I venture into the realm of the painfully obvious when I say that, since it was first penned somewhere around 1595, Shakespeare’s Romeo & Juliet has become timeless. As an actor, it’s been my good fortune to perform most of the male roles in the show – Romeo, Tybalt, Lord Capulet, the Friar, Lord Montague. But the role I’ve been called back to most often, the first part I ever took up, is Mercutio. It’s through his eyes that I first started to understand the play as a whole. And over time and many, many productions I began to think that all the various directors, with all due respect, had missed the boat.
Because The Tragedy of Romeo and Juliet is not a Tragedy at all.
A Shakespearean Tragedy (or Aristotelian, if you’re being picky) revolves around a single strong central male figure who is a paragon of virtues, the best at everything a man can be: lover, poet, politician, warrior, philosopher – but who has one tragic flaw that leads to his ultimate destruction. With Macbeth it’s Ambition, with Othello it’s Jealousy, and so on.
That definition doesn’t apply to the leading man in R&J. At the start of the show Romeo’s locking himself in a dark room during the day, then wandering the edge of the forest at night, composing love odes to Rosaline, who is going to become a nun. Romeo is a prat.
I was in rehearsals for As You Like It, playing Oliver, when I watched the scene of Orlando running around the forest posting those god-awful poems to a different Rosalind and suddenly realized, Oh. It’s Romeo. Fortunately for us all, Romeo is much cleverer than Orlando, but the core character is the same. Romeo is not Hamlet or Macbeth or Othello. He’s Orlando, Claudio, Orsino. He’s a Comedic lover.
With that in mind, I started thinking of all the elements of a Shakespearean Comedy. I’m of the opinion the best of his Comedies is Twelfth Night. It has everything: lovesick man loving the wrong woman only to discover true love; smart, capable young woman in dire circumstances; clowns; disguises; musicians; mistimings; twins; shipwrecks; and a woman disguised as a man.
So I began comparing that list to R&J :
Lovesick fool – Romeo. Check.
Capable girl in dire circumstance – Juliet. Check.
Clowns - Mercutio, Nurse, Peter, Potpan, etc. Check.
Disguises - masked ball (though it’s only the boys who are crashing who show up in masks! It’s not a costume party, damn it!). Check.
Musicians – the oft cut but truly funny musicians who are present for the discovery of ‘dead’ Juliet. Check.
Mistimings - Tybalt kills Mercutio by accident, Friar Lawrence’s message misses Romeo, Romeo kills himself just before Juliet wakes, etc. Check.
Secret wedding – Check.
Looking at that list, I realized that the only thing this Comedy lacks are twins, shipwrecks, and Juliet dressing as a man. In fact, the very same plan the Friar employs in Much Ado (‘Let’s pretend she’s dead, and everything will be okay’) is used in R&J – except here it doesn’t work.
Oh, and R&J is missing one more element of a Comedy. A happy ending.
So Romeo & Juliet is not a Tragedy.
It’s a Comedy, gone horribly wrong.
When I talk about Romeo & Juliet, I like to compare it to the premiere of Snow White and the Seven Dwarves in 1937.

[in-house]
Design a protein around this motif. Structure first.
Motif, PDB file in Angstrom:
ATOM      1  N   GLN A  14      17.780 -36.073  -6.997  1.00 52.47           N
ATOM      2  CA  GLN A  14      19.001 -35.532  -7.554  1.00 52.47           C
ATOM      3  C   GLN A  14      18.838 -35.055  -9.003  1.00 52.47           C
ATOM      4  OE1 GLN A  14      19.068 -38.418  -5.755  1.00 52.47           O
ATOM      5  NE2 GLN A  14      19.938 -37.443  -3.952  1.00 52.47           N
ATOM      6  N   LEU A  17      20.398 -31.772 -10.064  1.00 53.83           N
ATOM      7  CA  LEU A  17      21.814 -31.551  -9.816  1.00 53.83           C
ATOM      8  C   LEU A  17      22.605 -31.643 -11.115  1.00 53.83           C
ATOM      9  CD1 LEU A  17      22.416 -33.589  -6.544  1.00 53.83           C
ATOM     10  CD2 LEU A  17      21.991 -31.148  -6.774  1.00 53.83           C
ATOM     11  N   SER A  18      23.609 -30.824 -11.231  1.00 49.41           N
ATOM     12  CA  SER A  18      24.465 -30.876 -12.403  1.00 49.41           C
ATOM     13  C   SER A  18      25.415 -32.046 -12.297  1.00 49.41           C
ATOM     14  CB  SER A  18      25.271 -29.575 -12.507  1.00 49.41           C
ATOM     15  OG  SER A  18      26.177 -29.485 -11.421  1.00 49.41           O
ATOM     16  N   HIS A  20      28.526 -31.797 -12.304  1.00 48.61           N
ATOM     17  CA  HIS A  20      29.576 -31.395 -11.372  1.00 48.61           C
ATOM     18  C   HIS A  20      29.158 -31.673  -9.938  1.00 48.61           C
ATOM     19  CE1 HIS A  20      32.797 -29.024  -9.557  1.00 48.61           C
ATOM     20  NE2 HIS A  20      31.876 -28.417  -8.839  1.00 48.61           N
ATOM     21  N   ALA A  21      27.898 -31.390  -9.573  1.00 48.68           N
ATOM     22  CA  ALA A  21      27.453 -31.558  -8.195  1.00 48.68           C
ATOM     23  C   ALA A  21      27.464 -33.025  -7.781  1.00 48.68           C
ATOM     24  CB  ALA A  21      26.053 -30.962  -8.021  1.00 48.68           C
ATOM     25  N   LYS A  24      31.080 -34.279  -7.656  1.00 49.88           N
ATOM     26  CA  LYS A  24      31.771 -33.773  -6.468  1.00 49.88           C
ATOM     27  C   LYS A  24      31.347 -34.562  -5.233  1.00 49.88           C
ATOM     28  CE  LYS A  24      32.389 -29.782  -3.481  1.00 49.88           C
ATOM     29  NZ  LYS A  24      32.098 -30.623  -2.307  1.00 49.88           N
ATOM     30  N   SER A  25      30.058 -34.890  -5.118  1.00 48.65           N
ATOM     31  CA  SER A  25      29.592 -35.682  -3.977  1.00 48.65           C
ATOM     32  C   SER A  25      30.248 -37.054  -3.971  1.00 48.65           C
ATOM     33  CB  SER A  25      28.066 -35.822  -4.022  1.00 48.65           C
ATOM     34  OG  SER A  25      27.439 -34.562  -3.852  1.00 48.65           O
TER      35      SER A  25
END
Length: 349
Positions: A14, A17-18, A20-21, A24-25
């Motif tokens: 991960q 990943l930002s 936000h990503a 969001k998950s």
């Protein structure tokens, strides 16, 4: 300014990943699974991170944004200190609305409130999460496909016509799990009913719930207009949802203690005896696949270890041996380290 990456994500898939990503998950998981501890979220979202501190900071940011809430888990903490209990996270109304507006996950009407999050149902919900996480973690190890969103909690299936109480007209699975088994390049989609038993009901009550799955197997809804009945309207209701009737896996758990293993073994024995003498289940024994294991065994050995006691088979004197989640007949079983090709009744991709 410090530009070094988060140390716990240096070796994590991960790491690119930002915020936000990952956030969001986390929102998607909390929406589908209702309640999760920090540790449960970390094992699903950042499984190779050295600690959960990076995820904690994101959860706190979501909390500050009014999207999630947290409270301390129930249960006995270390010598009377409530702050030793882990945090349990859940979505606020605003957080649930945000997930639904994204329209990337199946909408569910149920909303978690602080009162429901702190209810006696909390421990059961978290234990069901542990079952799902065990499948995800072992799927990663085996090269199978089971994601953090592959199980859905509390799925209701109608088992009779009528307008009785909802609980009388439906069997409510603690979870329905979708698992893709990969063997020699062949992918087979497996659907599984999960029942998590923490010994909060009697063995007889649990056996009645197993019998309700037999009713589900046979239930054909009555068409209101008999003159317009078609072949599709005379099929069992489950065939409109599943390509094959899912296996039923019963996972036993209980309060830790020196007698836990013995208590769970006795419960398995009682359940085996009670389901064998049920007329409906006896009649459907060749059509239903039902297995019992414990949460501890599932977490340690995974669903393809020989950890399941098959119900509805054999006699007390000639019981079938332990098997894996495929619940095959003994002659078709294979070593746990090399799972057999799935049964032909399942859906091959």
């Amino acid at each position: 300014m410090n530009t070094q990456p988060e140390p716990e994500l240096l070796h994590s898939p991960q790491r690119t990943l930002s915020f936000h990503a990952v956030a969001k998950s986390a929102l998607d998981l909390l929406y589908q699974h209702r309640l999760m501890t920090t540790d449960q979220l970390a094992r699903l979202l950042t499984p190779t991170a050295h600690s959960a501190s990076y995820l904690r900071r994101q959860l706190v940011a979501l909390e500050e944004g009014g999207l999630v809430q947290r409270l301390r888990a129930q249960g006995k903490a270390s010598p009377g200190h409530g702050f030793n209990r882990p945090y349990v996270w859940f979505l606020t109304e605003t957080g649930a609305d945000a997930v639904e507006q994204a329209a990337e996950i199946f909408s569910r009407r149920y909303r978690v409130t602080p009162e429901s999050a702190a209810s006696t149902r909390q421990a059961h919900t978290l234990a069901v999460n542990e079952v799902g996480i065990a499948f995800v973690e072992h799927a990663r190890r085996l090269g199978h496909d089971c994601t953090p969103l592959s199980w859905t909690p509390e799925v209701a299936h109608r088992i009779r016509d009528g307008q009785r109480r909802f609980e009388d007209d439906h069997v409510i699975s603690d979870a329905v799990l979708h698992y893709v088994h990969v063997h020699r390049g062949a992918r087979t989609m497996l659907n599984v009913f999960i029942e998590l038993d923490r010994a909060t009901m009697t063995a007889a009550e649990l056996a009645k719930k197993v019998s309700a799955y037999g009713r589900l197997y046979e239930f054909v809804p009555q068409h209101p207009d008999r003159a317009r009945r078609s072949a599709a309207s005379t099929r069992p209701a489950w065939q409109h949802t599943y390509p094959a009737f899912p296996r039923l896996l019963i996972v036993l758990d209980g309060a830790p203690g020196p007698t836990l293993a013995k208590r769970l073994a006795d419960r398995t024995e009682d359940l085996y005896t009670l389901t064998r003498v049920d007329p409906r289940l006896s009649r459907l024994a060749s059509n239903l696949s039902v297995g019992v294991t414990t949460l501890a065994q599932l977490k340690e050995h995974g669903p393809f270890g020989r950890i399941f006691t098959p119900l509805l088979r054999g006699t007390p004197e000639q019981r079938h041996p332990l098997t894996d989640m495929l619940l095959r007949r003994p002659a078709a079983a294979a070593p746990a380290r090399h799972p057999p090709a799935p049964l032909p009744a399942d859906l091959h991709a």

Bear with me here.
Before the film was released, the newspapers called it ‘Disney’s Folly.’ Walt was spending all his hard-earned Mickey Mouse money on a feature-length cartoon? Why, in God's name? No one would sit through something like that. Kids didn’t have the patience, and adults didn’t care about dancing trees or whatever hokum he was putting in it. Besides, all that color on the screen, you’d go blind!
But in December 1937 grown men and women left the premiere of the film weeping. The critics went nuts with praise. Every song became a top 10 hit. Fashion designers grew obsessed (Lucile Ball went to the Oscars that year in a Dopey hat). And theatre owners were forced to change seat-covers after every showing because of kids wetting themselves in terror and delight.
Why? Because no one had ever seen anything like it.
That’s what I think Romeo & Juliet was for the mid-1590s. The first half of the show is a typical Shakespearean Comedy, complete with sex jokes and idiot lovers. The show is funny. I mean, really funny. Read right, the balcony scene has a lot of truly comic elements.
In a normal show, like say Shrew, everything is revealed right after the secret wedding and everyone lives happily ever after. Here, however, the wedding is followed by the death of Mercutio, sending the play into a spiral to Hell.
The characters become trapped in an awful situation, trying to find a Comedic solution that isn’t there. It’s why the Nurse betrays Juliet’s trust. It’s why Capulet insists on a wedding. It’s not a mistake that the Friar’s plan is the exact same one that Friar Francis uses in Much Ado. It just goes horribly wrong.
At the center of this play is an oddball, the character who twists everything around and turns the play on its head – Mercutio, kinsman to the Prince. The best role Shakespeare ever wrote for a young man. All the best lines, a great psychedelic speech, a bawdy chase, a cool fight and an angry death, then backstage to drink and play cards until curtain-call.
His ‘Queen Mab’ speech is a clue. Like the play, Mab starts out nice and airy and fun. Then in the middle, for no reason at all, it twists and becomes dark, the imagery grotesquely foreboding. It’s no coincidence that this speech is delivered by the person whose death will cause the same dark turn in the play.
Today we all know the story. But four hundred years ago, no one had ever seen anything like it. Shakespeare ripped the rug out from underneath his audience.
Romeo & Juliet is not a Tragedy. It is something much worse. Because first it makes you laugh.